That’s all there is to it! With a nice photograph and a decent image-editing program anyone can create a stereographic projection.

This article is an updated version of an article originally published on Artistic Imposter Design.

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Image Resolution

Many people get confused when it comes image resolution and image size, and how they relate to the amount of pixels versus pixels per inches (ppi, also known as dots per inch or dpi). In my two-decade career as a graphic design professional, I have even known many professional designers who didn’t understand the difference.

Photoshop users have it easy. The Image Size dialog box automatically calculates the inches for you based on the resolution you need. The most important thing to remember when changing an image’s resolution from 72ppi to a printable resolution is to uncheck the Resample Image checkbox at the bottom of the dialog box. If the box is checked, you will pixelate your image and it will be unusable.

To figure out the measurement of a picture in inches, you will need to divide the number of pixels by the resolution. A 3000 × 4000 pixel image at 72ppi will be roughly 41.6″ x 55.5″. When the image resolution is changed to 300ppi, it will be 10″ x 13.3″.

When it comes to image size, the resolution is not important – the total pixels are. The resolution can be changed, but the total pixels need to stay the same to avoid pixelation. A 3000 × 4000 pixel image at 72ppi can be changed to 300ppi, but the 3000 × 4000 pixels must NOT be changed. There are techniques to get around this in a pinch, but changing the amount of pixels should be avoided unless absolutely necessary.

And remember…not all images need to be printed at 300ppi. 300ppi is the standard resolution for print, but it really depends on the project and the printer. Posters and similar items not meant to be seen up close can get away with as low as 150ppi. Also, anything larger than around 350ppi will increase your digital file size with no improvement in print quality.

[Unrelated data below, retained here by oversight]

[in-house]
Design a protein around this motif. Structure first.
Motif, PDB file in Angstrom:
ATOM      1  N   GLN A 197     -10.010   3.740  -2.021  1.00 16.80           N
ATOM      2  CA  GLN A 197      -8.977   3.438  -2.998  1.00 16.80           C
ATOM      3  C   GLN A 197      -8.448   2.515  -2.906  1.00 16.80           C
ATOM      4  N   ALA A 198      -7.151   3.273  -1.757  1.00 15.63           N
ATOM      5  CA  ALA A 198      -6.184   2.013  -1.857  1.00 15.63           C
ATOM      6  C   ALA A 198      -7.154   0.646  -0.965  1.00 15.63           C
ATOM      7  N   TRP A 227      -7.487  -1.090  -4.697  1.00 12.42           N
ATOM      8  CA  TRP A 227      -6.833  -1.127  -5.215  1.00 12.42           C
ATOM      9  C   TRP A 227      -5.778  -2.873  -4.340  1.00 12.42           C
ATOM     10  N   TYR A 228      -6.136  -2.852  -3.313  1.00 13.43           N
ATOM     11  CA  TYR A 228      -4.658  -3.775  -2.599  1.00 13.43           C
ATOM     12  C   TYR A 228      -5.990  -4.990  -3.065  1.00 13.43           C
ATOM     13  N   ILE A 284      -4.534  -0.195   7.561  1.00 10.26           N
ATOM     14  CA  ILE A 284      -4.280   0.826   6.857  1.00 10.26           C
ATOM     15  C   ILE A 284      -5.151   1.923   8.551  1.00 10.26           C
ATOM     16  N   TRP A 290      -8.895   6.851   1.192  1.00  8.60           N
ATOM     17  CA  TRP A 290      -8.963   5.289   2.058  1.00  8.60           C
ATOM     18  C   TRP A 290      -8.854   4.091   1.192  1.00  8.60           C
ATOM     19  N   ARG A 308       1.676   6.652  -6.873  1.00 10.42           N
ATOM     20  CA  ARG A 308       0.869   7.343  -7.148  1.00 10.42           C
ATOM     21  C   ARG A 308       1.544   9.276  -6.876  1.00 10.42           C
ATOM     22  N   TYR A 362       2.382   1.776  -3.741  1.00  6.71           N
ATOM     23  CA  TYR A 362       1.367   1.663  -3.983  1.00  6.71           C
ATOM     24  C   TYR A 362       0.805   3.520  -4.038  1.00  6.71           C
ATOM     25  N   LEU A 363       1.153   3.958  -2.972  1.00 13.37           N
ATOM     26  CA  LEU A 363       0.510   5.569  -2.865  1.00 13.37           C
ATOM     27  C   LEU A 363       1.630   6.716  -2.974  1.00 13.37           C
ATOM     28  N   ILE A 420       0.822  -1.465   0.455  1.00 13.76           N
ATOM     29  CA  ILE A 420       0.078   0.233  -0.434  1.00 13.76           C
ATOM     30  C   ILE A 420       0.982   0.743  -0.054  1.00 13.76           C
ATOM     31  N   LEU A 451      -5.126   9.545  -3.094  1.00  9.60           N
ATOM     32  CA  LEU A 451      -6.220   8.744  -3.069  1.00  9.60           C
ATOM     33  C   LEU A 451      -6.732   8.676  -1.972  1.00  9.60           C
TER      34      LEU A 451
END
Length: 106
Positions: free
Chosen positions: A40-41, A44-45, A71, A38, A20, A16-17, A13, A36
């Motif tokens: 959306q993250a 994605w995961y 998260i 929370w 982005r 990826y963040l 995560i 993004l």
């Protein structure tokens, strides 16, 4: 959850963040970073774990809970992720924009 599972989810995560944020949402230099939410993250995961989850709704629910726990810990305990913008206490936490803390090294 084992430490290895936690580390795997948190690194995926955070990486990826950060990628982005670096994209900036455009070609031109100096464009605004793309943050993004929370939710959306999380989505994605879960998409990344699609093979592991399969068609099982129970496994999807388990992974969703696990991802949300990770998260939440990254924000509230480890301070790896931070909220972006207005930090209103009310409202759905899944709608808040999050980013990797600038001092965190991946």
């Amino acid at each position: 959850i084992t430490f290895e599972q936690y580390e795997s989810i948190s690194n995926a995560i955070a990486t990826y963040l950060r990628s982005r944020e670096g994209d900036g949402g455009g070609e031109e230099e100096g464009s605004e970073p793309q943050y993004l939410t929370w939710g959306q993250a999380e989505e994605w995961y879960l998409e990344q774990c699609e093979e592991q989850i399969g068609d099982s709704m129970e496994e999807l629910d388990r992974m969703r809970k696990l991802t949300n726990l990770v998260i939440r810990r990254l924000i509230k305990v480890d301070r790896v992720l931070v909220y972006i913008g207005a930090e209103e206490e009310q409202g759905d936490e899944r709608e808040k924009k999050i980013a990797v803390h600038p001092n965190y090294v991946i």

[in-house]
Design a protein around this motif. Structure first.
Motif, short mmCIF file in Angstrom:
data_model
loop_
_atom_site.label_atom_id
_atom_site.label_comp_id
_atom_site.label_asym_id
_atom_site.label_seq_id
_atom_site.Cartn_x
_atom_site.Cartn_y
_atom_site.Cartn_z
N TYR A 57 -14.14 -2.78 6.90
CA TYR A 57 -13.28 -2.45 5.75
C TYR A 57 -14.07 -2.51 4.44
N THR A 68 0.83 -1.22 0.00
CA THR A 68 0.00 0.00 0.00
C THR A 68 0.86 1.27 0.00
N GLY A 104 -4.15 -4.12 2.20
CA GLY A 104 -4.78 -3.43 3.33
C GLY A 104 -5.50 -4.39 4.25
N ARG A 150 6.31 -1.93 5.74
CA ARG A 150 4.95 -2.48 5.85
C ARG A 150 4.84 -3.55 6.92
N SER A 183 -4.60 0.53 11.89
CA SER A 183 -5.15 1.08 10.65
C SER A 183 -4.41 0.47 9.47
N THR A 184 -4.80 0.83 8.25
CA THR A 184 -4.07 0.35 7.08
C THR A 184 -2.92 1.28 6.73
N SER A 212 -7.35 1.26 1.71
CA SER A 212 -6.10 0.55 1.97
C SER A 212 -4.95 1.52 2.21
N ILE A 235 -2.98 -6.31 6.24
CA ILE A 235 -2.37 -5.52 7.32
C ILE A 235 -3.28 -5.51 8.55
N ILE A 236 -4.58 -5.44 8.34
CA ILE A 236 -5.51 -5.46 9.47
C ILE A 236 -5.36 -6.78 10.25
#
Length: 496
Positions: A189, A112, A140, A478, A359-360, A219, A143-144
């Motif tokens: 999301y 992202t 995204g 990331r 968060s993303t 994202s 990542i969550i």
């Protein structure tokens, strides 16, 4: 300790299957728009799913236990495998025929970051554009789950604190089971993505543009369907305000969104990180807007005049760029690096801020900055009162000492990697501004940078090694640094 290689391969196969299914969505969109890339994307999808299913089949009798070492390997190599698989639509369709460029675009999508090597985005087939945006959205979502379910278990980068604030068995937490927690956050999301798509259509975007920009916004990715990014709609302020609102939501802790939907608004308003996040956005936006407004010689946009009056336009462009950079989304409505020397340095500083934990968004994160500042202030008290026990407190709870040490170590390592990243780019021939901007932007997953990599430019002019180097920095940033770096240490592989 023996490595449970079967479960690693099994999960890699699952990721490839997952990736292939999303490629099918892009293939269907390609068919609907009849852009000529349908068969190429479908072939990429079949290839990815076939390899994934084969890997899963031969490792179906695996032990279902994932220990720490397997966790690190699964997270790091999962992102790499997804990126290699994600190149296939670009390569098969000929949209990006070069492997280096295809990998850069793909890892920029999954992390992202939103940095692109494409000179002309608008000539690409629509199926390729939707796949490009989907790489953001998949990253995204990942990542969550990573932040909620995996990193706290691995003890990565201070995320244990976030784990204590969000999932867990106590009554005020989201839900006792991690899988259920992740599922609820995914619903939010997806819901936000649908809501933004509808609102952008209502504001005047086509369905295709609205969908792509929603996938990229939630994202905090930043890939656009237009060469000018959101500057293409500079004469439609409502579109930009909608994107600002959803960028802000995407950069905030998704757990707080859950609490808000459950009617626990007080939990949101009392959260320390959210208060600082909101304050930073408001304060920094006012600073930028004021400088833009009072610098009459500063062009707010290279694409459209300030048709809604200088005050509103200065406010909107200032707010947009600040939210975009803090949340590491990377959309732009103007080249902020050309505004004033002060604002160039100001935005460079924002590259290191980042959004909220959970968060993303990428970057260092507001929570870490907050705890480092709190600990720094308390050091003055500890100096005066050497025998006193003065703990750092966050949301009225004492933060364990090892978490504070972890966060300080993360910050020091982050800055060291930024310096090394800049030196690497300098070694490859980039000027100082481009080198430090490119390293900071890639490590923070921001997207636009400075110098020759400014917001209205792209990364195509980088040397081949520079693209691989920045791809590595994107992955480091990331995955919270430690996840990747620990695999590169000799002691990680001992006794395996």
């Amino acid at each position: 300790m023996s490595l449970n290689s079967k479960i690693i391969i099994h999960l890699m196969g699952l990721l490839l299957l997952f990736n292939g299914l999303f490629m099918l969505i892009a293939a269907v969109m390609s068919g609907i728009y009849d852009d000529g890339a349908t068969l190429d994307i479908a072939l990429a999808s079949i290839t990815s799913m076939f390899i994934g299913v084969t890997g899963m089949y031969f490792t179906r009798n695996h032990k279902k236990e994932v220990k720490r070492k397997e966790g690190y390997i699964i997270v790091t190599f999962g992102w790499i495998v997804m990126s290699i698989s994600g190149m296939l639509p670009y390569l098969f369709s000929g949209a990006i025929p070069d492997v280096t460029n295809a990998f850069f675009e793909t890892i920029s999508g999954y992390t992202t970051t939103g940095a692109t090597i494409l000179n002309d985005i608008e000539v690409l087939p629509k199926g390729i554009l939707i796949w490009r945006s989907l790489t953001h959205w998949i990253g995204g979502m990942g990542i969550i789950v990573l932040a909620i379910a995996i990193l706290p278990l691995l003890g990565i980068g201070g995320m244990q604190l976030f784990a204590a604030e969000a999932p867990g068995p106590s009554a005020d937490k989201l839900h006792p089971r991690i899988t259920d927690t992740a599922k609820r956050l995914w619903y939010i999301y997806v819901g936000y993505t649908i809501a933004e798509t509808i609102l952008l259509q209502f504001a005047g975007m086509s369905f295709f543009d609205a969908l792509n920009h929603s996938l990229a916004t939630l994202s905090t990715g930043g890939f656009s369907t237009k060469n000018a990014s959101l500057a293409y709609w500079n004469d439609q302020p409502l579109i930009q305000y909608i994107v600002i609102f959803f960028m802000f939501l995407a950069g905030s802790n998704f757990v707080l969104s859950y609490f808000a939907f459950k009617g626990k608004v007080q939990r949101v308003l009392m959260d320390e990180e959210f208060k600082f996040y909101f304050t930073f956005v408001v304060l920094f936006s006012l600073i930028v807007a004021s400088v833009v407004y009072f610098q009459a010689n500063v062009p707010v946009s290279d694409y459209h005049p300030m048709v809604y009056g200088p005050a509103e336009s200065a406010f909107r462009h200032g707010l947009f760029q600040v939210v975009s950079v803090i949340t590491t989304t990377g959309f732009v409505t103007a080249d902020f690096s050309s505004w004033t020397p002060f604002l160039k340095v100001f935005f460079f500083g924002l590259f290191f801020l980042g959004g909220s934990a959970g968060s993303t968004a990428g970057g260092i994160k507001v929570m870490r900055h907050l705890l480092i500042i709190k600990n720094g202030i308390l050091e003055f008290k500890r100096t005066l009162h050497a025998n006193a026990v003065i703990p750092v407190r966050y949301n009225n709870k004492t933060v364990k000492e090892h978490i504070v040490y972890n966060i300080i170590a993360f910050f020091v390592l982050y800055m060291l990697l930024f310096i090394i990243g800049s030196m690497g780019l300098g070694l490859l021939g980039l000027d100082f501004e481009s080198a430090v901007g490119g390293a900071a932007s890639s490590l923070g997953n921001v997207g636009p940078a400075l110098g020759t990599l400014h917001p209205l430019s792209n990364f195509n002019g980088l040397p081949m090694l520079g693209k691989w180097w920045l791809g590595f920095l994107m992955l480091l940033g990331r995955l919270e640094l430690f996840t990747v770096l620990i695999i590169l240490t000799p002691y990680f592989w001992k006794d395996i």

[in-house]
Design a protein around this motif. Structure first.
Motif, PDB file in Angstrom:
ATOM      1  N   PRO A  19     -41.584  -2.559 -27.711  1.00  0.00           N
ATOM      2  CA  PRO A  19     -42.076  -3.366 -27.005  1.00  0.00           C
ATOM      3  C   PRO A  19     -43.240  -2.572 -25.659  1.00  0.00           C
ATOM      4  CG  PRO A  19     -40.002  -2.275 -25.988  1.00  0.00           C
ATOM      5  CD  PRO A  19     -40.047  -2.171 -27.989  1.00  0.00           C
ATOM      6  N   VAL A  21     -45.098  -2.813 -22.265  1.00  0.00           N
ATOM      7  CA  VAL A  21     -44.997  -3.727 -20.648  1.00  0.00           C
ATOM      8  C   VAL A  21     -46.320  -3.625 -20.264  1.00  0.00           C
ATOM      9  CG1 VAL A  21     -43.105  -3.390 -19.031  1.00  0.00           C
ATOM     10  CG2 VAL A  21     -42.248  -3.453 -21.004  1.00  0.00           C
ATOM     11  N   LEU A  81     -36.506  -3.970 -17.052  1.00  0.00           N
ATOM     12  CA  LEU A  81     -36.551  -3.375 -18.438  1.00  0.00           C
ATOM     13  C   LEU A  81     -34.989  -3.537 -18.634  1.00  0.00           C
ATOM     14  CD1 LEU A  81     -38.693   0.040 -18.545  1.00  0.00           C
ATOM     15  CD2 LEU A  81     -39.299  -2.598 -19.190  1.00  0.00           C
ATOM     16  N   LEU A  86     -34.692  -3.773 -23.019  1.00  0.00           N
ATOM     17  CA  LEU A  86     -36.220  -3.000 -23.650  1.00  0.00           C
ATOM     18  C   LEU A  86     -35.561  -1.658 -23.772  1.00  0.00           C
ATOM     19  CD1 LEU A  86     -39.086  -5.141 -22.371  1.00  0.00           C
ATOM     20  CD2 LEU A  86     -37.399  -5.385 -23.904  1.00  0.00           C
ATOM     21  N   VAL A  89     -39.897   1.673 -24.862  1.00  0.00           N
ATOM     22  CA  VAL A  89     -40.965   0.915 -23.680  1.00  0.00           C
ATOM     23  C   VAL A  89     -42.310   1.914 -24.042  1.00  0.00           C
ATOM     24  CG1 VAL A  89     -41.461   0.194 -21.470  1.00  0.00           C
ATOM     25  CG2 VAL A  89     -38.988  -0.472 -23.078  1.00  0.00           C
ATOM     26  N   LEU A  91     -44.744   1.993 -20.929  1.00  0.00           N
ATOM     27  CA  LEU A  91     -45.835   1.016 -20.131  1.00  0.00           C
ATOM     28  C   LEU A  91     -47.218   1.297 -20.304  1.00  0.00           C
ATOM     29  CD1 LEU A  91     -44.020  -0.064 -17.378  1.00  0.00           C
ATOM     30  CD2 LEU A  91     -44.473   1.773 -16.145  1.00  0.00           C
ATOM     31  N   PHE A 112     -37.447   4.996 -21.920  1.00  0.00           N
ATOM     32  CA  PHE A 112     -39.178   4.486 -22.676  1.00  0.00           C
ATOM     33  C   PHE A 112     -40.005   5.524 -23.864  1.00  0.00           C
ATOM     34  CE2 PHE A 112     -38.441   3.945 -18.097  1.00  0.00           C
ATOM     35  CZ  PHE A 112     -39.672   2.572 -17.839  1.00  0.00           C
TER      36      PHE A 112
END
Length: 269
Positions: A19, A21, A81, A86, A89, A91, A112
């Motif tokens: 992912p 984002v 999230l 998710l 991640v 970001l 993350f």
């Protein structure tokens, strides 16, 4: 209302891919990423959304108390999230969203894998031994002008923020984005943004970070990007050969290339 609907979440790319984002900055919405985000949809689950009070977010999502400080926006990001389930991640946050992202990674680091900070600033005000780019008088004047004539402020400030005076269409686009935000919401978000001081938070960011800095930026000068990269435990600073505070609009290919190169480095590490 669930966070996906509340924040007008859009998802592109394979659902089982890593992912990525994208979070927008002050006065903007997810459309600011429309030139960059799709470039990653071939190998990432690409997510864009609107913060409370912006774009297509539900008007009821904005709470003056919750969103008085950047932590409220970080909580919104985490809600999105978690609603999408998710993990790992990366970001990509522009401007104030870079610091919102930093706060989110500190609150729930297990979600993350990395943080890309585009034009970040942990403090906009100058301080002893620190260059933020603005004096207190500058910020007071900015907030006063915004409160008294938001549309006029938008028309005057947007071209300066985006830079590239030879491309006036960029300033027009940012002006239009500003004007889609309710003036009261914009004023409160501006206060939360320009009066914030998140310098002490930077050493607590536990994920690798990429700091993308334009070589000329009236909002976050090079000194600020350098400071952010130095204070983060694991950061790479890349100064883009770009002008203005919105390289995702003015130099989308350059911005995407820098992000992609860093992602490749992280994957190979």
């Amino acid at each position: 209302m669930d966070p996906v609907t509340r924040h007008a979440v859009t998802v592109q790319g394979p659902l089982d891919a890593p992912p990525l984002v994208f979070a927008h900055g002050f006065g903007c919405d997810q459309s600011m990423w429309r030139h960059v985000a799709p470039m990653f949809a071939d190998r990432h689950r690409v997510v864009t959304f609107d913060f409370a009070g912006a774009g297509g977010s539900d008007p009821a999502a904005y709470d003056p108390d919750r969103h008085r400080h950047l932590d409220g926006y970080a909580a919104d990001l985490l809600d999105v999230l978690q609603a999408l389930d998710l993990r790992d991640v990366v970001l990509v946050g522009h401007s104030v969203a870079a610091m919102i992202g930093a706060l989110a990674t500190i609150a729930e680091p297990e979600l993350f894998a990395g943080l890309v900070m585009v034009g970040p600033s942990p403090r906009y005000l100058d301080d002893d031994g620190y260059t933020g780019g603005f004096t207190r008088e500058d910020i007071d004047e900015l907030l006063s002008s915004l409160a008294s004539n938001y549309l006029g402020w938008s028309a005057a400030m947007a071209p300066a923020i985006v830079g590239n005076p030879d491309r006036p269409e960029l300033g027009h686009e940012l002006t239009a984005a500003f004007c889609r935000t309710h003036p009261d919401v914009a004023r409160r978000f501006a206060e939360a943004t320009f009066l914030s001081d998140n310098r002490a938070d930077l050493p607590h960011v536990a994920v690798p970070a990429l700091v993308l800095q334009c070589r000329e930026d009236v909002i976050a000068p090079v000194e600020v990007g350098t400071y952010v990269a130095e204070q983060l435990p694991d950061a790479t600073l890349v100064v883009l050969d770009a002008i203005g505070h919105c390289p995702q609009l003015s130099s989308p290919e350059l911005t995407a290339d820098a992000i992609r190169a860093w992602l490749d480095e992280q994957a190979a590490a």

This article is an updated version of an article originally published on Artistic Imposter Design.

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Changing Web Page Items Using JavaScript

This tutorial is designed for JavaScript newbies. It was originally written in 2009 and uses SWF objects, which are no longer supported in modern browsers. Regardless, the JavaScript can be adapted to work with any type of media.

I recently had a client who wanted a page with a SWF movie that could be changed to a different SWF by clicking on a button on the page. A while back, I did a project where the user could click a link and change the source of an image on the page using JavaScript, but changing an entire SWF seemed a little more difficult. The code to change the image to a different image looked like this:

<image id=”imagetochange” src=”pic1.jpg”>
<a href=”#” onclick=”imagetochange.src=’pic2.jpg'”>Change image</a>

This code was simple enough, so I tried modifying it to change the source of the SWF when I clicked the link. My code now looked like this:

<object id=”changemovie” type=”application/x-shockwave-flash” data=”flashmovie1.swf” width=”640″ height=”400″>
  <param id=”changethis” name=”movie” value=”flashmovie1.swf” />
<a href=”#” onclick=”’flashmovie2.swf’; changethis.value=’flashmovie2.swf’;”>Change movie</a>

This worked in some browsers but it didn’t work in others, so I was forced to come up with a different solution. After some research, I was reminded of two JavaScript items that eventually made the whole thing possible: getElementById and innerHTML. After some tweaking, I ended up with a code that looked something like this:

<script type=”text/javascript”>
  function changeText() {
    document.getElementById(‘flashitem’).innerHTML = ‘<object type=”application/x-shockwave-flash” data=”flashmovie2.swf” width=”640″ height=”400″> <param name=”movie” value=”flashmovie2.swf” /> </object>’;

<div id=”flashitem”>
  <object type=”application/x-shockwave-flash” data=”flashmovie1.swf” width=”640″ height=”400″>
    <param name=”movie” value=”flashmovie1.swf” />
<a href=”#” onclick=”changeText();”>Change movie</a>